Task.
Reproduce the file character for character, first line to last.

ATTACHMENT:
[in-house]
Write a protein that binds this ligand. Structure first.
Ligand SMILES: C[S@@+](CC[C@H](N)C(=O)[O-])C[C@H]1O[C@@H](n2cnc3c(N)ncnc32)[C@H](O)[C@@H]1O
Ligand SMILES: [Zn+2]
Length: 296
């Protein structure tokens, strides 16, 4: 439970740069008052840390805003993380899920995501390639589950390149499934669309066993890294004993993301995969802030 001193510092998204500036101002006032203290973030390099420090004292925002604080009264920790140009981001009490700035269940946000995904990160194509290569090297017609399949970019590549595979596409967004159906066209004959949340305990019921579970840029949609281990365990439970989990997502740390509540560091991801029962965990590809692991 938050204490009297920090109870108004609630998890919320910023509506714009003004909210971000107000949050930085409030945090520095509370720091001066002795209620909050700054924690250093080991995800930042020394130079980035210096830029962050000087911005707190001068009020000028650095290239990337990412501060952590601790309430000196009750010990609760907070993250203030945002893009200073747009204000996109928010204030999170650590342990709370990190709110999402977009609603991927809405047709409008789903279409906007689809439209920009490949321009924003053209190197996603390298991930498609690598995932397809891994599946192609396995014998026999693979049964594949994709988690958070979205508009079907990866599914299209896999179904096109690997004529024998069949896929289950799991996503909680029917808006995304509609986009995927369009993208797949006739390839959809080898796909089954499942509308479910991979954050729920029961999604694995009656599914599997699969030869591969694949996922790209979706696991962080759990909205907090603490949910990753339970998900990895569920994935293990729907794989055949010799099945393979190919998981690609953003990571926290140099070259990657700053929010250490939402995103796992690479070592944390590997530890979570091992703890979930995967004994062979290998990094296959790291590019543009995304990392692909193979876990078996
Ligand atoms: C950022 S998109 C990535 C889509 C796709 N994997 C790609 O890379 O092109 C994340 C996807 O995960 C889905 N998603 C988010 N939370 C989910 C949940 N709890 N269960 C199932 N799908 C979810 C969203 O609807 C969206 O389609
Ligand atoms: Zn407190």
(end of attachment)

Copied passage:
[in-house]
Write a protein that binds this ligand. Structure first.
Ligand SMILES: C[S@@+](CC[C@H](N)C(=O)[O-])C[C@H]1O[C@@H](n2cnc3c(N)ncnc32)[C@H](O)[C@@H]1O
Ligand SMILES: [Zn+2]
Length: 296
């Protein structure tokens, strides 16, 4: 439970740069008052840390805003993380899920995501390639589950390149499934669309066993890294004993993301995969802030 001193510092998204500036101002006032203290973030390099420090004292925002604080009264920790140009981001009490700035269940946000995904990160194509290569090297017609399949970019590549595979596409967004159906066209004959949340305990019921579970840029949609281990365990439970989990997502740390509540560091991801029962965990590809692991 938050204490009297920090109870108004609630998890919320910023509506714009003004909210971000107000949050930085409030945090520095509370720091001066002795209620909050700054924690250093080991995800930042020394130079980035210096830029962050000087911005707190001068009020000028650095290239990337990412501060952590601790309430000196009750010990609760907070993250203030945002893009200073747009204000996109928010204030999170650590342990709370990190709110999402977009609603991927809405047709409008789903279409906007689809439209920009490949321009924003053209190197996603390298991930498609690598995932397809891994599946192609396995014998026999693979049964594949994709988690958070979205508009079907990866599914299209896999179904096109690997004529024998069949896929289950799991996503909680029917808006995304509609986009995927369009993208797949006739390839959809080898796909089954499942509308479910991979954050729920029961999604694995009656599914599997699969030869591969694949996922790209979706696991962080759990909205907090603490949910990753339970998900990895569920994935293990729907794989055949010799099945393979190919998981690609953003990571926290140099070259990657700053929010250490939402995103796992690479070592944390590997530890979570091992703890979930995967004994062979290998990094296959790291590019543009995304990392692909193979876990078996
Ligand atoms: C950022 S998109 C990535 C889509 C796709 N994997 C790609 O890379 O092109 C994340 C996807 O995960 C889905 N998603 C988010 N939370 C989910 C949940 N709890 N269960 C199932 N799908 C979810 C969203 O609807 C969206 O389609
Ligand atoms: Zn407190």